Monday, January 14, 2008

Interview: Singapore Coach Radojko Avramovic

Football news.
Former Notts County and Coventry City goalkeeper Radojko ‘Raddy” Avramovic has been the boss of Singapore's national team since 2003. The Serbian has led the nation to success in Tiger Cups and is now getting ready to lead them to the 2010 World Cup. The third round of qualification starts next month with Saudi Arabia, Uzbekistan and Lebanon standing between Singapore and a place in the fourth and final stage.

You played for Nottingham County from 1979-82. At the time, Nottingham Forest were the champions of Europe. How was it being in the city at the time?

I was one of the first foreigners to play in England. It was a good time to be there. The people were fanatic about football and Notts County reached what is now called the Premier League. At the time, Nottingham Forest were a great team with Brian Clough as the manager and a team full of internationals. It was great to be there.

The football scene in Nottingham is not so healthy these days…

Many things have changed. If you don’t adapt and change with them then you have problems and that is what you have with Nottingham Forest. Maybe they were sleeping on their past success and didn’t change. Now it’s hard to get back what they had before.

Do you ever go back to watch Notts County?

Nearly every year I go to Nottingham. I have many friends there and I am very happy that people haven’t forgotten me. They also chose me as a legend of Notts County and I am very proud of that.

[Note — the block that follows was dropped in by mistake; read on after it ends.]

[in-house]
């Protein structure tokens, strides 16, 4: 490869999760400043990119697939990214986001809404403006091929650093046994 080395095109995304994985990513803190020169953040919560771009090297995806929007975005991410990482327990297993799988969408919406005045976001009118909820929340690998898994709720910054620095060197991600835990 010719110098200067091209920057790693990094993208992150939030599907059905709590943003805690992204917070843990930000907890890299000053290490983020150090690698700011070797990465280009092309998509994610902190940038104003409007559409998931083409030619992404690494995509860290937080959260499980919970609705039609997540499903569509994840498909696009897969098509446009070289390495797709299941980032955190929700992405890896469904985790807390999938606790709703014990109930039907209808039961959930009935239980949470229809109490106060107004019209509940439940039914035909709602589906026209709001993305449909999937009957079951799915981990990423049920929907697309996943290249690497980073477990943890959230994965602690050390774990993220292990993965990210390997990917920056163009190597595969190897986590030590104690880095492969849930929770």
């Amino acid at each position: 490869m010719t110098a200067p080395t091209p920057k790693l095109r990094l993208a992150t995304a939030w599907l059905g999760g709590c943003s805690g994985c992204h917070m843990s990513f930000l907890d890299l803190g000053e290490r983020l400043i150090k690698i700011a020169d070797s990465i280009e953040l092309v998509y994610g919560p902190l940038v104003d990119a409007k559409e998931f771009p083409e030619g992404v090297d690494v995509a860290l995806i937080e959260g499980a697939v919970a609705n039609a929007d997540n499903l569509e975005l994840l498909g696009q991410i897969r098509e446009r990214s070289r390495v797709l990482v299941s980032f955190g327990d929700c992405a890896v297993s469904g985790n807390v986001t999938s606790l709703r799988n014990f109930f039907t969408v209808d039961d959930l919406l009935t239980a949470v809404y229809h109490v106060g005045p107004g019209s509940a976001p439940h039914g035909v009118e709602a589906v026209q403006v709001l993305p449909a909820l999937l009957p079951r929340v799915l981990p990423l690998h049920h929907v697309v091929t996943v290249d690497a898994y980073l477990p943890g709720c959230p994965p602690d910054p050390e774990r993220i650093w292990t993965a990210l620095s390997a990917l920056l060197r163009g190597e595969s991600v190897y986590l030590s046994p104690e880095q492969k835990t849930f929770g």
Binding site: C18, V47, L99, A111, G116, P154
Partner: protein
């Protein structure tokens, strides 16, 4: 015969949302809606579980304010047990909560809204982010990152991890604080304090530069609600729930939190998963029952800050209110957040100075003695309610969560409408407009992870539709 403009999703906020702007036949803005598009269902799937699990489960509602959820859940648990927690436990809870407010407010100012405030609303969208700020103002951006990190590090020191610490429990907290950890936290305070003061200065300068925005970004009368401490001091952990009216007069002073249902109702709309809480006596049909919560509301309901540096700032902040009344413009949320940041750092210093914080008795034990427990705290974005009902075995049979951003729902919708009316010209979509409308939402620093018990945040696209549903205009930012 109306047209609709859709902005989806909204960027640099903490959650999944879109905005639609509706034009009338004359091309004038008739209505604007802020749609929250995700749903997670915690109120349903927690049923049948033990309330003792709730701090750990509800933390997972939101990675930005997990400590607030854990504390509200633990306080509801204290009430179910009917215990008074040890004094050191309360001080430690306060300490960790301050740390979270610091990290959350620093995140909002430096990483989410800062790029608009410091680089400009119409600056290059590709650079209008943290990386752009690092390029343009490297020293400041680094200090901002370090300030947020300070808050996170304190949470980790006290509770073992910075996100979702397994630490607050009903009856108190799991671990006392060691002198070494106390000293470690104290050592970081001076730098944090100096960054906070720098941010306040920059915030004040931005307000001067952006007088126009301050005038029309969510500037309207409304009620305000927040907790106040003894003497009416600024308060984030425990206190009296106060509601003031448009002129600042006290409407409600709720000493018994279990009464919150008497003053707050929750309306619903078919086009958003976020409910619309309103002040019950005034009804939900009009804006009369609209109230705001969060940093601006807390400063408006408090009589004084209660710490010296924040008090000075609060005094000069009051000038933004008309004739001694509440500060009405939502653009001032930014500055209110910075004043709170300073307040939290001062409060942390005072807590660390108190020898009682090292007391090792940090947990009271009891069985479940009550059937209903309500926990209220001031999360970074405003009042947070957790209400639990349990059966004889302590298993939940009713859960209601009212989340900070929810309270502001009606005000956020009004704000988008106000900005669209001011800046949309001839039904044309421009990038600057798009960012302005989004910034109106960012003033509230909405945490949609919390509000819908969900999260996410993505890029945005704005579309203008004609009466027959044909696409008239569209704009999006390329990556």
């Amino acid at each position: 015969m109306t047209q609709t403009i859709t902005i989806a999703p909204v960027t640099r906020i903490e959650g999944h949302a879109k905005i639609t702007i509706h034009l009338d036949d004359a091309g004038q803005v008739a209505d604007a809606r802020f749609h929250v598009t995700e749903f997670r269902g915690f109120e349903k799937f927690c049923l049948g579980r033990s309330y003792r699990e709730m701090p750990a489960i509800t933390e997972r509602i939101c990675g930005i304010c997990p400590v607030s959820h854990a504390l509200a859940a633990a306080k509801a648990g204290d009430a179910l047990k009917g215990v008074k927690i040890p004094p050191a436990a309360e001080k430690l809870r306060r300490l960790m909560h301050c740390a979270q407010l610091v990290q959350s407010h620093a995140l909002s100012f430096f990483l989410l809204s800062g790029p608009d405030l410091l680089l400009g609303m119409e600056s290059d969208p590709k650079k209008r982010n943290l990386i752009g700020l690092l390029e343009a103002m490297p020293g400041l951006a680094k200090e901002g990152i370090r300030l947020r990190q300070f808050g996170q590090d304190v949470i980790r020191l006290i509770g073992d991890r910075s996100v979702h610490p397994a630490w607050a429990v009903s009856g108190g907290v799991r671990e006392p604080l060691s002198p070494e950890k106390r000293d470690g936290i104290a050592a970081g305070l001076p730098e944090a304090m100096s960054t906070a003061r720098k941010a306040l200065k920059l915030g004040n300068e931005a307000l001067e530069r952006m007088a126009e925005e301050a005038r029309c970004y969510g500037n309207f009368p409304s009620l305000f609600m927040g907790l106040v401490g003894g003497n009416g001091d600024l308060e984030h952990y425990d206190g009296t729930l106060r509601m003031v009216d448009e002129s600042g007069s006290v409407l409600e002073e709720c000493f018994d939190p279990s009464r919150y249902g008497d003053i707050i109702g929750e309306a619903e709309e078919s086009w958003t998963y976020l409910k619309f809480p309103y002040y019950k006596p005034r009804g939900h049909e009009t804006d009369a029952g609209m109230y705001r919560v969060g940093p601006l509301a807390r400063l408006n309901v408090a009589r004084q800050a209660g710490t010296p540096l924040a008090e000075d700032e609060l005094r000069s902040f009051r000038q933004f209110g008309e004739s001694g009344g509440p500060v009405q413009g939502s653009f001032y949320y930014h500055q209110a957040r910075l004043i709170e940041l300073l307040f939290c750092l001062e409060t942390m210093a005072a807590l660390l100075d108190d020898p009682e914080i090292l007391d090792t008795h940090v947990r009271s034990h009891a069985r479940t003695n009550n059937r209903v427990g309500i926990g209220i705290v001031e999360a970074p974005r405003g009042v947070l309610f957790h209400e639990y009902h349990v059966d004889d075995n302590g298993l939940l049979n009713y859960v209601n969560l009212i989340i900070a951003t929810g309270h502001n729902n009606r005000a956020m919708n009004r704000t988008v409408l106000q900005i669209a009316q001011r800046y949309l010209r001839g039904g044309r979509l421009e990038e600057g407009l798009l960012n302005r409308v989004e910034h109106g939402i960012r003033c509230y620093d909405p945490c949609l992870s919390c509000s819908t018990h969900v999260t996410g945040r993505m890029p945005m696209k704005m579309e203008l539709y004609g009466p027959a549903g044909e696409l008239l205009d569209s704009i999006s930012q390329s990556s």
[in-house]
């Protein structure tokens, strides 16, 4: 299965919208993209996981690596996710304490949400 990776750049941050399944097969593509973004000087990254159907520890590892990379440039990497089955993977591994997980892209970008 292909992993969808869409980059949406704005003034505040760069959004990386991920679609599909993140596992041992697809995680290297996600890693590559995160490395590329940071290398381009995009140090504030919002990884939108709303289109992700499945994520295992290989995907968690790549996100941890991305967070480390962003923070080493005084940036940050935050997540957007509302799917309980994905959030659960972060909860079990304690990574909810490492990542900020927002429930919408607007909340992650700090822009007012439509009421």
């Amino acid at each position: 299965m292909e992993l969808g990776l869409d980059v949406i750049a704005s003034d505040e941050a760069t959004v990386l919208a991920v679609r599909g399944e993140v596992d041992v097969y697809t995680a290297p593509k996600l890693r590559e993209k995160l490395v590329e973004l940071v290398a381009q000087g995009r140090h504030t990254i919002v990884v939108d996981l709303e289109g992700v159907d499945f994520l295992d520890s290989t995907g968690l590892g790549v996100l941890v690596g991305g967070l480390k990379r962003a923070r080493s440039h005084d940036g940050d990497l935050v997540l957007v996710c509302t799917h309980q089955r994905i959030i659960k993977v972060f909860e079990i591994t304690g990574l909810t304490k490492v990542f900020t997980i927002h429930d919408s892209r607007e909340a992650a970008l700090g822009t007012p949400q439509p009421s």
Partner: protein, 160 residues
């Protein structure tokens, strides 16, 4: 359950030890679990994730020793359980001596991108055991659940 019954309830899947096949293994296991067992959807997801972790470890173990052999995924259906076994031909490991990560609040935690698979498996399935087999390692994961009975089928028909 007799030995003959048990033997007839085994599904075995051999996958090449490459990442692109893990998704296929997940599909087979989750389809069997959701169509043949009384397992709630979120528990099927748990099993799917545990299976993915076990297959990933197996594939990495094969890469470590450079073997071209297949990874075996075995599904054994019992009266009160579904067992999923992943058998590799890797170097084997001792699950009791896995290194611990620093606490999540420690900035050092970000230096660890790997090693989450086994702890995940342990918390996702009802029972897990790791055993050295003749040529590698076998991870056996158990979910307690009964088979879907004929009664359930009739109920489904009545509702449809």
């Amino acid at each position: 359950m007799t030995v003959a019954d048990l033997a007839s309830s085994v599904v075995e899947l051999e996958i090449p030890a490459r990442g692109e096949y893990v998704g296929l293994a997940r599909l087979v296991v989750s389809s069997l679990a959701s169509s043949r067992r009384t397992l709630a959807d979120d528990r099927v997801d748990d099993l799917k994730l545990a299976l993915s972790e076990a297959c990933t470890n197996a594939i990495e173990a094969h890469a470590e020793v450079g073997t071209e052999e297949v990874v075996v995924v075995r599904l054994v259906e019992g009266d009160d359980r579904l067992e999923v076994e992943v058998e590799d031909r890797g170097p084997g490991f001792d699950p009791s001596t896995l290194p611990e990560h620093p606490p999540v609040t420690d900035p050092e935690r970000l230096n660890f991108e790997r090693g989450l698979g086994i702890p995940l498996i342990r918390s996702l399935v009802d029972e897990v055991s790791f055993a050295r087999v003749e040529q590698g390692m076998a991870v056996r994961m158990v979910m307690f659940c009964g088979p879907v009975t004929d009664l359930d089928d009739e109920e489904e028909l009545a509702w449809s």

Not many goalkeepers become coaches. Do you think there is a reason for that?

I don’t know. To become a coach is very hard work and you have to make many sacrifices and not many people are prepared to do that.

Moving forward… You have just signed an extension to your contract. You have been with Singapore since 2003. You must have seen many changes.

I first came to Asia in 1991 and went to Oman until 1998. Then I took Kuwait to the Sydney Olympic Games. The whole country was delighted as not many teams from Asia go to the Olympics. Then I took over the Kuwait National team and we won the West Asian Games. In 2003 I came to Singapore.

Have you never been tempted to go anywhere else? Have you had any offers?

I have had a few offers. But when I came to Singapore, the team was in bad shape. There was a need for lots of improvement and the Singapore FA supported me. We have done well –not just me but the federation and the players.

I have built a team here and we have achieved a lot but now we need to really make international results. These days in Kuwait and Oman, there are players in the national team that I selected when I was there – young boys. In Singapore it is time to make results with the hard work we have put in over the last four years or so.

Some of the national team players were born overseas and have become naturalized citizens. They now play for Singapore. This has been criticised by many...

It is not as simple as many people say, they don’t know what they are talking about. If you look at Europe, there are so many players from all over the world.

In Singapore there are two cases. The first is that some players have spent all their lives in Singapore. The second case is that some people come here to play football, live six or seven years, get married, have kids and want to live their life in Singapore. They get the passport without any involvement from the FA.

And then there are young players that come here. We follow them and if they have potential to play for the national team, we see if they are willing to do that.

The last group you mentioned is the controversial one…

It’s very simple - just look at Alexander Duric. He is the oldest player playing for Singapore and has already been here six or seven years. He himself asked for a passport, he wants to stay in Singapore. After he received the passport, I choose players that are available. He is 37 and wants to play for the national team for one year or six months.